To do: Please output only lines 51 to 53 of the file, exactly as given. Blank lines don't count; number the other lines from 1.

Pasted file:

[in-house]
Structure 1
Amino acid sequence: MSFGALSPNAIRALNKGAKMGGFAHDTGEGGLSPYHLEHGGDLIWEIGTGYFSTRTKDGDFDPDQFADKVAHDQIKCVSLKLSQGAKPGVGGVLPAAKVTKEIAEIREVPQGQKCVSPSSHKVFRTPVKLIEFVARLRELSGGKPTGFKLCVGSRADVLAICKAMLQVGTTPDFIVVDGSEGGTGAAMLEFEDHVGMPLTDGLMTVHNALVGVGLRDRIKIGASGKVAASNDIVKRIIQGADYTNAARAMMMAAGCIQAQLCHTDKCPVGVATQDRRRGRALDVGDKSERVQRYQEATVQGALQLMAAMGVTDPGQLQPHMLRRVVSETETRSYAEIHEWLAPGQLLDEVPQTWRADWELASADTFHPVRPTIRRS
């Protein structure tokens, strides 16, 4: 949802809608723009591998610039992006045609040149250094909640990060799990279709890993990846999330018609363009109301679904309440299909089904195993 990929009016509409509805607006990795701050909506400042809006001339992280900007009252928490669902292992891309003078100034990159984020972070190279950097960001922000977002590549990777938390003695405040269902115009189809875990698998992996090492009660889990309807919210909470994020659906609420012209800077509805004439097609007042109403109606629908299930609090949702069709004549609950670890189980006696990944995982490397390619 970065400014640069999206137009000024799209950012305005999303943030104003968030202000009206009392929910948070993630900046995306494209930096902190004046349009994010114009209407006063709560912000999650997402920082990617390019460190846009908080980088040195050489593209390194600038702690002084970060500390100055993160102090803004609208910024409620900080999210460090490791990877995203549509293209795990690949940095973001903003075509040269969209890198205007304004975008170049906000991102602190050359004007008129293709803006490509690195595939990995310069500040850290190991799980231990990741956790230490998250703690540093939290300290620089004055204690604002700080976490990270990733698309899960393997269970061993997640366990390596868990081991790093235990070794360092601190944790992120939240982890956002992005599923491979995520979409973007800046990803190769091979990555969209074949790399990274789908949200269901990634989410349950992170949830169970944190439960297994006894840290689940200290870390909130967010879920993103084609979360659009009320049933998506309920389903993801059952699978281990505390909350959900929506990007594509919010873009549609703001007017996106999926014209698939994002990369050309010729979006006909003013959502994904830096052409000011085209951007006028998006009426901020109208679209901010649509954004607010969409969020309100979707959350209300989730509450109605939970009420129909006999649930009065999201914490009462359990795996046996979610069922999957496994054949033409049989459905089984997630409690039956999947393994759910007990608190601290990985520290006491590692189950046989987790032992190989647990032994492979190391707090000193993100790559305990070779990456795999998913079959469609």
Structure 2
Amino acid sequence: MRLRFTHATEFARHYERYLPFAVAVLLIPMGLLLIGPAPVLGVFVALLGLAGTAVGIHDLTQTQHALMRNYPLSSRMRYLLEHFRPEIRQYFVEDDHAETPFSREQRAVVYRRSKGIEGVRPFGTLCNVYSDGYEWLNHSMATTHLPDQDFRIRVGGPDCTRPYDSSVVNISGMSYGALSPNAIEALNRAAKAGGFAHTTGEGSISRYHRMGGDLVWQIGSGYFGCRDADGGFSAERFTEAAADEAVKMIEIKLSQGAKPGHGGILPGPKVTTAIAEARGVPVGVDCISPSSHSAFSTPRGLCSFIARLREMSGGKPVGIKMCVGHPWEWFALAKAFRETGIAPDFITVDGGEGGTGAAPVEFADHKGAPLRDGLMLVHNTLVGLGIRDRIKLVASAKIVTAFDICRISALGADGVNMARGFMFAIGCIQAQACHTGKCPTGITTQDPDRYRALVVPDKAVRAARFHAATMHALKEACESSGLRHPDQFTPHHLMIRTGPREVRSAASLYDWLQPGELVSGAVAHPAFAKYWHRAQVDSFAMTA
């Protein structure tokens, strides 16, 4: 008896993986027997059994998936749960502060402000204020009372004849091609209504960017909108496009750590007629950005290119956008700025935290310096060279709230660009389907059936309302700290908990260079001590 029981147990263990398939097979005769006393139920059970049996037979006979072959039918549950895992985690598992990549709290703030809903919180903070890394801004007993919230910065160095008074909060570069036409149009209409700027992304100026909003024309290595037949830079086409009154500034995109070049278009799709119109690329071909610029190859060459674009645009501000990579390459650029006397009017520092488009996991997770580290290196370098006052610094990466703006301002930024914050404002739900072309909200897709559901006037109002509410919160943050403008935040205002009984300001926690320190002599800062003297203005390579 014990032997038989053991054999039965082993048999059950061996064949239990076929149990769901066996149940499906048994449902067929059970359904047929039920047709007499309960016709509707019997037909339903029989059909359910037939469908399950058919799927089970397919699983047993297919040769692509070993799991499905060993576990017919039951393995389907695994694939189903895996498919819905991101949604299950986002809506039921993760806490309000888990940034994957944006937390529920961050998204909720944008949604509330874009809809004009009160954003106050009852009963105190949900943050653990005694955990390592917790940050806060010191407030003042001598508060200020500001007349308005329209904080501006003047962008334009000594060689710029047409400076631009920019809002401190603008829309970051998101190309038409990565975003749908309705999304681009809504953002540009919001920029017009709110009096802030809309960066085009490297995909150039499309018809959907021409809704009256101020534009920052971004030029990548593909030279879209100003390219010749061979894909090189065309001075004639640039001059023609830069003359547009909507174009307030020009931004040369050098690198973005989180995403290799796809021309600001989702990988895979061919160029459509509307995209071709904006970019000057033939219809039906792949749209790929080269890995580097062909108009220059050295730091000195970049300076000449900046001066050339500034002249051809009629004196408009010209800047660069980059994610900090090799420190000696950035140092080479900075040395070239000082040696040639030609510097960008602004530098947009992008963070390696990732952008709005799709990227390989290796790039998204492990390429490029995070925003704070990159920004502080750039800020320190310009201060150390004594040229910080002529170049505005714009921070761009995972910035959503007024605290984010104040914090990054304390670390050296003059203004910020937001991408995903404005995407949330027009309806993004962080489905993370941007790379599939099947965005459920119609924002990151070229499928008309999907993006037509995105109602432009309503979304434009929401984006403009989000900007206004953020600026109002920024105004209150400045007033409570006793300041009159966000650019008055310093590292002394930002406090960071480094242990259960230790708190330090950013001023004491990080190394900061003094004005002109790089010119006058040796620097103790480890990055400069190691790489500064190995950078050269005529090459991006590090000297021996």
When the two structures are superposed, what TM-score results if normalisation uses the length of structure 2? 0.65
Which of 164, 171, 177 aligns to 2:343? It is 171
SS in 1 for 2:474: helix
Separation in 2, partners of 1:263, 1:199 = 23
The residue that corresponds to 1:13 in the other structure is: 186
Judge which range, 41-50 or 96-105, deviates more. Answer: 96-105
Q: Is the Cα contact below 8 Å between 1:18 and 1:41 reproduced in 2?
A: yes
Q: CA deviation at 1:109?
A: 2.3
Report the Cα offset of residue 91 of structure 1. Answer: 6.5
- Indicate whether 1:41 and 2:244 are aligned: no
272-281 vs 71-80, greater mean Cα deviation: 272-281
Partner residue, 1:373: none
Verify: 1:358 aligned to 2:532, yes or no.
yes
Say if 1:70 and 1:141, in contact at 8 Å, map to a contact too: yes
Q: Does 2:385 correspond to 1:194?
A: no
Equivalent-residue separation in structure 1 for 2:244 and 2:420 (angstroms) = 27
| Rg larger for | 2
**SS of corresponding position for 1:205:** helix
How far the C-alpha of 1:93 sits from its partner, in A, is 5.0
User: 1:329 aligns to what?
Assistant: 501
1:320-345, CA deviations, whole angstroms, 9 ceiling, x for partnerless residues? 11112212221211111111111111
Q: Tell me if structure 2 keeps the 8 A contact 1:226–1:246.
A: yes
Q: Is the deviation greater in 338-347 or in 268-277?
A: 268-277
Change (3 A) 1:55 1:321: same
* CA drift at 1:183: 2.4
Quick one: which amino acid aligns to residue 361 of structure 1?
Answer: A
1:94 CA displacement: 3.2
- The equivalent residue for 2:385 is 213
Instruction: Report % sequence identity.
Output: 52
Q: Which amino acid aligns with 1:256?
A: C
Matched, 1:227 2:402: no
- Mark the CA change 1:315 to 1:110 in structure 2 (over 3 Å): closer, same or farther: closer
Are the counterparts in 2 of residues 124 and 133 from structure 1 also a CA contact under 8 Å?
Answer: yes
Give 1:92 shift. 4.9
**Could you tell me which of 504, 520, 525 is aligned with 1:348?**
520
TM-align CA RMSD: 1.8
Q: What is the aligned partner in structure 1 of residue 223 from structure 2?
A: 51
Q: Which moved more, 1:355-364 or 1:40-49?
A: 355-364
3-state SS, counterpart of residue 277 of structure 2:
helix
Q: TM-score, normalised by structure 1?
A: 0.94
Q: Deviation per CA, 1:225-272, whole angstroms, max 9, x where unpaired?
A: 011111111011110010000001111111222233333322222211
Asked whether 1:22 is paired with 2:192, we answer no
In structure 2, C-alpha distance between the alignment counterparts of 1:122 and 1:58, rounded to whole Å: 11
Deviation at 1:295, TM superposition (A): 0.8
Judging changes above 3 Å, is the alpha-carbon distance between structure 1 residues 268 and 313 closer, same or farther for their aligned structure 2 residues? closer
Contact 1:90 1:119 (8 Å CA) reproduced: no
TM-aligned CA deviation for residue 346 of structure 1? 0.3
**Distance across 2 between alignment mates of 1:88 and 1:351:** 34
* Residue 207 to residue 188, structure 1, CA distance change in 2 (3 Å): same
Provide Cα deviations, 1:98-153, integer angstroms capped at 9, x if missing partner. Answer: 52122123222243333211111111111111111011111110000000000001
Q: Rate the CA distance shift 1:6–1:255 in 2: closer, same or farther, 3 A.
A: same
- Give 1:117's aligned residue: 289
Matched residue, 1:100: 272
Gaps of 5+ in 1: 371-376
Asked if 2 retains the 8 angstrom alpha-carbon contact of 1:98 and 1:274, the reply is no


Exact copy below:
Answer: yes
Give 1:92 shift. 4.9
**Could you tell me which of 504, 520, 525 is aligned with 1:348?**